An investigation that has been carried out by an international group of scientists, and that has been published in Science Translational Medicine, has revealed that the lack of a protein - the DEFB126- in sperm could be associated with male infertility.
As the lead author of the study, Gary Cherr, professor of Marine Laboratory Warehouse at the University of California-Davis (center that has led the research), this protein works as a camouflage thanks to which the sperm are not rejected by the woman's immune system, and can thus reach the egg.
Seven out of ten cases of male infertility lack a known cause, so this type of studies can help solve the problem, especially considering that it has been proven that male fertility does not depend on quality and quantity. of the sperm.
The researchers were working on the development of new contraceptives when they began to observe DEFB126, a protein produced in the epididymis and that covers the sperm that accumulate in this organ.
When looking under the microscope, the sperm that have abnormal DEFB126 genes seems normal, and even the sperm move normally. But when the mobility of said sperm is checked in a synthetic gel similar to cervical mucus of the woman, it is seen that it is more reduced. However, by adding healthy protein to the sperm, they regain their normal capacity.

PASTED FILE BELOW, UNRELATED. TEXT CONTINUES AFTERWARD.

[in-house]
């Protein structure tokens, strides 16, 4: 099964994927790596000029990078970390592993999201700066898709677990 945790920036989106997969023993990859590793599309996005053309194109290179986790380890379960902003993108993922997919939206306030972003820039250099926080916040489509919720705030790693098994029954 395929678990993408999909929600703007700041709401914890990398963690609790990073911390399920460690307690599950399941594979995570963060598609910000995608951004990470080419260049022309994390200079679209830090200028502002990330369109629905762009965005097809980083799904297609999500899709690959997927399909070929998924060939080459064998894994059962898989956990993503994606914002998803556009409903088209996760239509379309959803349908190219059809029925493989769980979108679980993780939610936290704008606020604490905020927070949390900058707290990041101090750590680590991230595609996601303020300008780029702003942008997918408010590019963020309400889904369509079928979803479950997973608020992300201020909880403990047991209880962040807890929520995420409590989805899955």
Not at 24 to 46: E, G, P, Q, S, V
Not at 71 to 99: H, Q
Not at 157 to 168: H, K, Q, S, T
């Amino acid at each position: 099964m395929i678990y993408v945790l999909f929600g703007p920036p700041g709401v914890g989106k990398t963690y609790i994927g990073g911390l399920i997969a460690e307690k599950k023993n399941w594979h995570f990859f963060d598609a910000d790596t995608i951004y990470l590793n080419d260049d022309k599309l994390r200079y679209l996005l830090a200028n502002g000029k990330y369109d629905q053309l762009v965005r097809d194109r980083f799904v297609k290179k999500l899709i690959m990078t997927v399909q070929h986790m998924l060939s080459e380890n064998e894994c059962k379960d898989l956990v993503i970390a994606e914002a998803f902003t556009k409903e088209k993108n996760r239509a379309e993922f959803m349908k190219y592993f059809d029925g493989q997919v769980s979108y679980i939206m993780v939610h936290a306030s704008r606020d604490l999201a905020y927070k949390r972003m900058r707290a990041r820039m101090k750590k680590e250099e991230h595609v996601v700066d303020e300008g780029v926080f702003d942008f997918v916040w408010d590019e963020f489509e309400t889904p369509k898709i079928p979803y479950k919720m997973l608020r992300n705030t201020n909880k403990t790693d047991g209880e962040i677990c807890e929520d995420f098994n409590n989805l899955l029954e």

About half of the world's male population has an abnormal copy of the DEFB126 gene, and a quarter of two abnormal copies, and because of this their sperm are not able to move well through the mucus
The authors of the study worked with DNA samples from males from Africa, China, the United States, Japan and the United Kingdom, which allowed them to verify that around half of the world's male population had an abnormal copy of the protein, while the fourth part has two abnormal copies, and because of this, its sperm is not able to move correctly through the mucus.
And is that, if compared to the sperm of other mammals, such as monkeys, the sperm of humans have a high percentage of cells with defects, which lowers its quality. In addition, scientists have found that male fertility has declined worldwide, although the causes of this fact are unknown. Perhaps the deficiencies observed in the DEFB126 gene can explain, at least in part, this increase in infertility.
Source: EUROPE PRESS